C4 Plants vs. CAM Plants

What's the Difference?

C4 plants and CAM plants are both types of plants that have adapted to survive in arid and hot environments. However, they have different strategies for photosynthesis. C4 plants have specialized cells called bundle sheath cells that help them efficiently capture and store carbon dioxide, allowing them to continue photosynthesis even when stomata are closed to prevent water loss. On the other hand, CAM plants open their stomata at night to take in carbon dioxide and store it as an organic acid. During the day, they close their stomata to prevent water loss and use the stored carbon dioxide for photosynthesis. While both types of plants have evolved to conserve water and thrive in harsh conditions, their mechanisms for carbon fixation differ.


AttributeC4 PlantsCAM Plants
Photosynthesis TypeC4 photosynthesisCAM photosynthesis
Leaf AnatomyKranz anatomyNon-Kranz anatomy
CO2 FixationPEP carboxylasePEP carboxylase
Initial CO2 FixationPEP carboxylasePEP carboxylase
CO2 StorageBundle sheath cellsVacuoles
Stomatal OpeningDaytimeNighttime
Water LossLowVery low
Energy EfficiencyHighLow
Temperature SensitivityLowHigh

Further Detail


Plants have evolved various strategies to optimize their photosynthetic efficiency and adapt to different environmental conditions. Two such strategies are C4 photosynthesis and Crassulacean Acid Metabolism (CAM). While both C4 and CAM plants are considered to be more efficient in water usage and carbon fixation compared to C3 plants, they differ in their anatomical and physiological adaptations. In this article, we will explore the attributes of C4 plants and CAM plants, highlighting their similarities and differences.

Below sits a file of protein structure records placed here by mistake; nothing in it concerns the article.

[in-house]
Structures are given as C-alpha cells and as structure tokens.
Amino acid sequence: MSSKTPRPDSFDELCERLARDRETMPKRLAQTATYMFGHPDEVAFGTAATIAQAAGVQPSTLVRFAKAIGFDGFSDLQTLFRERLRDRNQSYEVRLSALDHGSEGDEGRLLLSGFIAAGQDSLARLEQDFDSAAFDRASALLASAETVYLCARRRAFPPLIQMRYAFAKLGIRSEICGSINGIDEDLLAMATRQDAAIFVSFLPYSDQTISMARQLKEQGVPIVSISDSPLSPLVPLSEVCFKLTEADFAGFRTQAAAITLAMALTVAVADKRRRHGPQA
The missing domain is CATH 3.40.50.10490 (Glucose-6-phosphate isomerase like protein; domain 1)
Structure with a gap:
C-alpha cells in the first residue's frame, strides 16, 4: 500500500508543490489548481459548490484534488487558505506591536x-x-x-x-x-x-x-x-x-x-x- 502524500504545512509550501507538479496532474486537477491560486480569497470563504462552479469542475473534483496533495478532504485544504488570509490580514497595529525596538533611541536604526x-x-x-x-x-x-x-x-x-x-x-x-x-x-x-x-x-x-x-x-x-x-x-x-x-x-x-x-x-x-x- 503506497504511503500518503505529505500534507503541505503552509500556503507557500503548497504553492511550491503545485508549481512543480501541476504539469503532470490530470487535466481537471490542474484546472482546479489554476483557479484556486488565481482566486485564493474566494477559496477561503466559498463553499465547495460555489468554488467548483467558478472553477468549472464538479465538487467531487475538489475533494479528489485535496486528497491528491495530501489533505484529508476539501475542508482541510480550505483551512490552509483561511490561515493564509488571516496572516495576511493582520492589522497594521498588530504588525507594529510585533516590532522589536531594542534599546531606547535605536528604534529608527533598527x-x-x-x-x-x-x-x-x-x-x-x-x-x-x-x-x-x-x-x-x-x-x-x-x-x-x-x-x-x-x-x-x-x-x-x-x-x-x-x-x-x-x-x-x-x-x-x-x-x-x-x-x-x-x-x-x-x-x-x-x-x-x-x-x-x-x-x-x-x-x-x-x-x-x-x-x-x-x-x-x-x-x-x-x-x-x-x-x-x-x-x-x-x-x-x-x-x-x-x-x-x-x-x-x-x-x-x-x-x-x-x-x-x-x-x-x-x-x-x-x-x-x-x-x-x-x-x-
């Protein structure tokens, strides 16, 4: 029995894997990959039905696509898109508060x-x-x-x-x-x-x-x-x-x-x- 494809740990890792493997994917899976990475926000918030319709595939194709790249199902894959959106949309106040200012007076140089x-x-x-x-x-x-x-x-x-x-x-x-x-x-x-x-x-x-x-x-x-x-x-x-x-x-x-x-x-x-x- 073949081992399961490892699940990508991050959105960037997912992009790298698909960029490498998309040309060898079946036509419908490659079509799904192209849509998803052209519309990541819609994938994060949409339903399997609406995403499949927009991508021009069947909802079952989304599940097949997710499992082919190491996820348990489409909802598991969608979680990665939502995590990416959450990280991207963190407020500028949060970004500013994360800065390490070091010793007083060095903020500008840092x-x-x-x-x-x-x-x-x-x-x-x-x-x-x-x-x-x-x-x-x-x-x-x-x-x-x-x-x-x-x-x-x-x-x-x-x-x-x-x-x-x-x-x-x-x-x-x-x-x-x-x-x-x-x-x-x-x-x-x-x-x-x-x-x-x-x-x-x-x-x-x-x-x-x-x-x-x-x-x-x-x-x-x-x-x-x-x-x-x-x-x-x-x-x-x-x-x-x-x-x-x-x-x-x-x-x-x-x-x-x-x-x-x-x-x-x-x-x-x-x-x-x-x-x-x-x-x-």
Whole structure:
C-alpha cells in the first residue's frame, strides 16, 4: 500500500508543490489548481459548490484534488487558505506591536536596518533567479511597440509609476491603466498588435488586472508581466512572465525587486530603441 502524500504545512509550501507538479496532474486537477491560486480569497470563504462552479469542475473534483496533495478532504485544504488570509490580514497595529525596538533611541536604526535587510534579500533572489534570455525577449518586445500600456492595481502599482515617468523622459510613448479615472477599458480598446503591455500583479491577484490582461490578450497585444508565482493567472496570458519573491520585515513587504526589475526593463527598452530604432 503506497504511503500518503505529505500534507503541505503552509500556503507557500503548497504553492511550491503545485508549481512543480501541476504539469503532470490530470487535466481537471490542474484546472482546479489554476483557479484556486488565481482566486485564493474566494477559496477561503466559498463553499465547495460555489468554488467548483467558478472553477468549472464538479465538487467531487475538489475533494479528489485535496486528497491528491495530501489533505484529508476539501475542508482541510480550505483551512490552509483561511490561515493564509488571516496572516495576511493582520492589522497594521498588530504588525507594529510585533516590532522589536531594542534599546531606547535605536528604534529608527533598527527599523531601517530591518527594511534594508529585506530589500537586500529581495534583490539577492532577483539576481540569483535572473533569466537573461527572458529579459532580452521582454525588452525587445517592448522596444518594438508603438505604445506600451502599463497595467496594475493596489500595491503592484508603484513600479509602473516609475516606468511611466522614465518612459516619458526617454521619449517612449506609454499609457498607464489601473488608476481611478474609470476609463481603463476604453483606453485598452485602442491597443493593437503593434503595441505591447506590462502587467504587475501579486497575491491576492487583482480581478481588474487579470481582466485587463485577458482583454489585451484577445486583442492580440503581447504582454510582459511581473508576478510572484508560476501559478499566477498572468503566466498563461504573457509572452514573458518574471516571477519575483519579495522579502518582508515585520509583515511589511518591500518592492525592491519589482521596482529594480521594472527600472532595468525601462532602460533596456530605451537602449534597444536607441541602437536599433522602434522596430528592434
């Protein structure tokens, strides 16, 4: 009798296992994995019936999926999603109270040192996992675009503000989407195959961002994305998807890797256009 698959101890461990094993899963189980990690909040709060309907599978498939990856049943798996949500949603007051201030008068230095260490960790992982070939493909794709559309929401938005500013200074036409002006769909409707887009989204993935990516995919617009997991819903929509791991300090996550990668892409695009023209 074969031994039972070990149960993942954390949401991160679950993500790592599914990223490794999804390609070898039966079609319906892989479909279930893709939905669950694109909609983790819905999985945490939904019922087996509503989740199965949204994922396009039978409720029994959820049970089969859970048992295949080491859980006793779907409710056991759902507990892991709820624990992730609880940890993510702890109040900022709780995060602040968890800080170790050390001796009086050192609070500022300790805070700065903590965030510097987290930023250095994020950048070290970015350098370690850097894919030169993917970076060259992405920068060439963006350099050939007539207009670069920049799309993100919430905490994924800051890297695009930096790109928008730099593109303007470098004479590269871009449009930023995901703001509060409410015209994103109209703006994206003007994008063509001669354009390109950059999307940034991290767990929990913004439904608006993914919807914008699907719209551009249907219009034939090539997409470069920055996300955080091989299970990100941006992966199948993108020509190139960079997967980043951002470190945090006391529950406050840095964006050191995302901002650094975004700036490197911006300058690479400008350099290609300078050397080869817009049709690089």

Anatomical and Physiological Adaptations

C4 plants and CAM plants both possess unique anatomical and physiological adaptations that allow them to thrive in arid and high-temperature environments. C4 plants have specialized leaf anatomy, with two distinct types of photosynthetic cells: mesophyll cells and bundle sheath cells. Mesophyll cells are responsible for initial carbon fixation, while bundle sheath cells carry out the Calvin cycle. This separation of functions minimizes photorespiration and enhances carbon fixation efficiency.

In contrast, CAM plants have a different anatomical adaptation. They possess specialized cells called "chlorenchyma" that contain large vacuoles to store malic acid or other organic acids during the night. During the day, these acids are released from the vacuoles and broken down to release CO2 for photosynthesis. This temporal separation of carbon fixation and stomatal opening reduces water loss and increases water-use efficiency.

Carbon Fixation Process

When it comes to the carbon fixation process, C4 and CAM plants differ in their strategies. C4 plants use a two-step process to fix carbon dioxide. In the mesophyll cells, CO2 is initially fixed into a four-carbon compound called oxaloacetate, which is then transported to bundle sheath cells. In the bundle sheath cells, the CO2 is released and enters the Calvin cycle for further fixation. This spatial separation of initial carbon fixation and the Calvin cycle minimizes photorespiration and enhances the efficiency of carbon fixation.